How To Fix The PCI Express x1 Bug
The reason why I wrote this article is simply because I have seen many whom had their motherboard's PCI-Express bus width stuck at x1 while overclocking. This is especially seen on the ASUS P5B series. So today, we are going to find out what will work and what won't, as well as their impact on gaming and HD video playback.
GPU-Z example showing a GeForce 9600 GT stuck at PCIe x1
Motherboards that might be affected include :
- ASUS P5B
- ASUS P5B-E Plus
- ASUS P5B Deluxe/WiFi
- ASUS Commando
- ASUS P5KR
- ASUS P5KPL-CM
- Gigabyte EP45-UD3P Rev. 1
- Gigabyte EP43-UD3L
- Gigabyte P35C-DS3R
- Gigabyte P35-DS3L
- Gigabyte G31M-S2L New!
- MSI P6N SLI V2
Graphics cards that might be affected include :
- ATI Radeon HD 4850
- ATI Radeon HD 4350 New!
- ATI Radeon HD 2600 XT
- ATI Radeon X1950 Pro
- ATI Radeon X1950 XT
- ATI Radeon X1900 XTX
- NVIDIA GeForce GTX 280
- NVIDIA GeForce GTX 260
- NVIDIA GeForce 9800 GTX
- NVIDIA GeForce 9600 GT
- NVIDIA GeForce 8800 GTS 512 MB
- NVIDIA GeForce 8800 GT
Solutions that currently do NOT work :
- Setting the PCI Synchronization Mode to 33.33 MHz
- Updating the BIOS
- Updating the graphics driver
- Reinstalling Windows
- Switching PSU
Solutions that MAY work :
Disable "PEG Force X1" in the BIOS.
Set NB Vcore in the BIOS to 1.45 v or below.
Overclock or underclock the PCI Express reference clock (up to 15 MHz either way). More details here - PCI-E Reference Clock.
Set PCI Synchronization Mode to Auto. This is an important step.
Set PEG Link Mode to Normal (instead of Auto).
Installing the graphics card into a different PCI Express x16 slot. You can also use a PCI Express x8 slot as the performance difference between PCI Express x8 and PCI Express x16 is minimal.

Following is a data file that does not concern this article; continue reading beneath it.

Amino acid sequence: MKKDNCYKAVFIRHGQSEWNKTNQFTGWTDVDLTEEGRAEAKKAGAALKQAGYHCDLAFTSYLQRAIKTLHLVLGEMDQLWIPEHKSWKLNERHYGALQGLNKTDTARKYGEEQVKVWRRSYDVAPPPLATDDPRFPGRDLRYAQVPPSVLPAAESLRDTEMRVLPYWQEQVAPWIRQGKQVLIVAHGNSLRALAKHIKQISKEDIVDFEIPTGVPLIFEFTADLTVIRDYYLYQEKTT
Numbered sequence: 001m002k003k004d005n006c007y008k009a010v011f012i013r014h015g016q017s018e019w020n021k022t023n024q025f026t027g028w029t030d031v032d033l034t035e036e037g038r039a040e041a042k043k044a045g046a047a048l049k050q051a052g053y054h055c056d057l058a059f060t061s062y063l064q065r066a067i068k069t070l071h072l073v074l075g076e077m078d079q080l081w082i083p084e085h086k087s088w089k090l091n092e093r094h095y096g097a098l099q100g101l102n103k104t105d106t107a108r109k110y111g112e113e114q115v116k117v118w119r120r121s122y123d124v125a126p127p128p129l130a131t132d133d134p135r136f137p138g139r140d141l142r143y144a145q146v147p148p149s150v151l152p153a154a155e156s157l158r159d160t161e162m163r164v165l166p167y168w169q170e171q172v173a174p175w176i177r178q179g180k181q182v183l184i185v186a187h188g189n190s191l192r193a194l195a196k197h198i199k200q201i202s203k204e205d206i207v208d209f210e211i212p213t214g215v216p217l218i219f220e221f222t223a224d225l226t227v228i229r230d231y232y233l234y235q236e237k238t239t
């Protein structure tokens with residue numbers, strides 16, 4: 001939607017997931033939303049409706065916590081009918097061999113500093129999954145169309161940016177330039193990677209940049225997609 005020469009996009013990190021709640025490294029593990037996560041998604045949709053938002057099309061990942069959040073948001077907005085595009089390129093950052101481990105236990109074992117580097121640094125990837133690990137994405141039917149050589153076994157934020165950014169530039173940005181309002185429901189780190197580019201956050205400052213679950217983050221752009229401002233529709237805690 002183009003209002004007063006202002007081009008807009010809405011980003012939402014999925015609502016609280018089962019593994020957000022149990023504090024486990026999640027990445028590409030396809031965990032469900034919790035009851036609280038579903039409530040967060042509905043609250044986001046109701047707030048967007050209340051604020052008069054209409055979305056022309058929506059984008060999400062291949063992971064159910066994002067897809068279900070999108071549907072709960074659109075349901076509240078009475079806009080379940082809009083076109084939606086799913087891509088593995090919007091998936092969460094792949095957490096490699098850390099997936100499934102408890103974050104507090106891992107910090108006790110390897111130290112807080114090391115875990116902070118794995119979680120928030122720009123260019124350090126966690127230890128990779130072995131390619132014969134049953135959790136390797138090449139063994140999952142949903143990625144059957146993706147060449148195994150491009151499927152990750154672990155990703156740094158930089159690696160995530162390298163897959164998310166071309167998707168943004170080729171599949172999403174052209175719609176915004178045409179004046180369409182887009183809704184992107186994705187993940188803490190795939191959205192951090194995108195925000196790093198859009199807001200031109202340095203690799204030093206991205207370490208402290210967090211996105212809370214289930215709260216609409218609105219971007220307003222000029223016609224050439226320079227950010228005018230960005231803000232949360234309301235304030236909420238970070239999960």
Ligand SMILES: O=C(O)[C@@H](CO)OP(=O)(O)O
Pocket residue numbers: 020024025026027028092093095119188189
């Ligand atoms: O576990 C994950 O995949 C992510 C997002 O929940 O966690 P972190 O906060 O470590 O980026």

New! Reseating the graphics card in the same PCI Express slot, taking care to blow away any dust in the slot. If you have a metal brush, you can try lightly brushing the contacts. There has been at least three reports of a PCI Express x16 card suddenly switching to x1 mode due to loose or oxidised contacts in the PCI Express x16 slot.
Switching the PCI Express Selector from x16 x1 to x8 x8. This partially fixes the problem by enabling PCI Express x8 but the performance difference between PCI Express x8 and PCI Express x16 is minimal.
Overclocking the CPU base frequency by 1 MHz (In ASUS motherboards, that means switching AI Overclocking to Manual and then changing the base frequency from 200 MHz to 201 MHz).
Many thanks to all of you for your feedback, and congratulations on beating the PCI Express x1 bug! If you have any other tips on beating this bug, do tell us!
How To Check If You Are Affected
Checking if you are affected is simple. Just use any system information utility, like CPU-Z or GPU-Z to check the PCI Express operating mode. Here are examples of CPU-Z and GPU-Z results for motherboards affected by the bug, and those not affected by the bug.
PCI Express x1 (Affected by the bug)
PCI Express x16 (Not affected by the bug)
In this motherboard, GPU-Z reported that the Bus Interface was PCI-E 2.0 x16 @ x1. Similarly, CPU-Z reported that while the Max. Supported was x16, the actual Link Width was only x1.
In this motherboard, the Bus Interface was PCI-E 2.0 x16 @ x16. Similarly, CPU-Z reported that the actual Link Width was the full x16.
For those who are wondering just what kinda of impact does running at PCI Express x1 have on the performance of the system, take a look at the results in the following pages.
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